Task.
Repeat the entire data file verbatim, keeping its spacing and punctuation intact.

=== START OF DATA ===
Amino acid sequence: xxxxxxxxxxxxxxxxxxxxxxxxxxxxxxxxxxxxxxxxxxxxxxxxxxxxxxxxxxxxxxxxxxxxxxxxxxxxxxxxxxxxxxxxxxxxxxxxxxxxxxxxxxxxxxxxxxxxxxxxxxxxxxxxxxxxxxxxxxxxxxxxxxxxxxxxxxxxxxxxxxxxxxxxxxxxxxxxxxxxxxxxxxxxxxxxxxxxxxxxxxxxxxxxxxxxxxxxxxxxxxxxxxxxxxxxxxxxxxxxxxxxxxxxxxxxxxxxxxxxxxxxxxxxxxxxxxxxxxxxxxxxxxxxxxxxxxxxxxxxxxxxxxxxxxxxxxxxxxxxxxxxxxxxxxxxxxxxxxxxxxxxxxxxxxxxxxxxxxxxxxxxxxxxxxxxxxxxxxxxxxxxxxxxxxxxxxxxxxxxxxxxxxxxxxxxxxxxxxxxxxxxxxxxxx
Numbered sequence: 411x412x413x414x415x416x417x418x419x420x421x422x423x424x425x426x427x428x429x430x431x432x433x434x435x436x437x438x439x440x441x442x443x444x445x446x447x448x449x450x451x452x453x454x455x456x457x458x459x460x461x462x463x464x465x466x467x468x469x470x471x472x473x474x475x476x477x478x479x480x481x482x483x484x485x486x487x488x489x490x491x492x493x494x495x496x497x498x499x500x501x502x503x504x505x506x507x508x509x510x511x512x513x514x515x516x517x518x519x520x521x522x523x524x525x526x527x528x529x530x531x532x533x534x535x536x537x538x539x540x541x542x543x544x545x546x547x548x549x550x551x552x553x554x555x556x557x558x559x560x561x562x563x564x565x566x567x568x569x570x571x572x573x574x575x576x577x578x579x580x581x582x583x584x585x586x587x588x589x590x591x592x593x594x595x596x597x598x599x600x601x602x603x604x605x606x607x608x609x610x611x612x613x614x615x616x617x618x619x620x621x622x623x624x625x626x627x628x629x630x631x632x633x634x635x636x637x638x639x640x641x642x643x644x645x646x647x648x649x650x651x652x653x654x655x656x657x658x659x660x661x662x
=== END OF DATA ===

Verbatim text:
Amino acid sequence: xxxxxxxxxxxxxxxxxxxxxxxxxxxxxxxxxxxxxxxxxxxxxxxxxxxxxxxxxxxxxxxxxxxxxxxxxxxxxxxxxxxxxxxxxxxxxxxxxxxxxxxxxxxxxxxxxxxxxxxxxxxxxxxxxxxxxxxxxxxxxxxxxxxxxxxxxxxxxxxxxxxxxxxxxxxxxxxxxxxxxxxxxxxxxxxxxxxxxxxxxxxxxxxxxxxxxxxxxxxxxxxxxxxxxxxxxxxxxxxxxxxxxxxxxxxxxxxxxxxxxxxxxxxxxxxxxxxxxxxxxxxxxxxxxxxxxxxxxxxxxxxxxxxxxxxxxxxxxxxxxxxxxxxxxxxxxxxxxxxxxxxxxxxxxxxxxxxxxxxxxxxxxxxxxxxxxxxxxxxxxxxxxxxxxxxxxxxxxxxxxxxxxxxxxxxxxxxxxxxxxxxxxxxxxx
Numbered sequence: 411x412x413x414x415x416x417x418x419x420x421x422x423x424x425x426x427x428x429x430x431x432x433x434x435x436x437x438x439x440x441x442x443x444x445x446x447x448x449x450x451x452x453x454x455x456x457x458x459x460x461x462x463x464x465x466x467x468x469x470x471x472x473x474x475x476x477x478x479x480x481x482x483x484x485x486x487x488x489x490x491x492x493x494x495x496x497x498x499x500x501x502x503x504x505x506x507x508x509x510x511x512x513x514x515x516x517x518x519x520x521x522x523x524x525x526x527x528x529x530x531x532x533x534x535x536x537x538x539x540x541x542x543x544x545x546x547x548x549x550x551x552x553x554x555x556x557x558x559x560x561x562x563x564x565x566x567x568x569x570x571x572x573x574x575x576x577x578x579x580x581x582x583x584x585x586x587x588x589x590x591x592x593x594x595x596x597x598x599x600x601x602x603x604x605x606x607x608x609x610x611x612x613x614x615x616x617x618x619x620x621x622x623x624x625x626x627x628x629x630x631x632x633x634x635x636x637x638x639x640x641x642x643x644x645x646x647x648x649x650x651x652x653x654x655x656x657x658x659x660x661x662x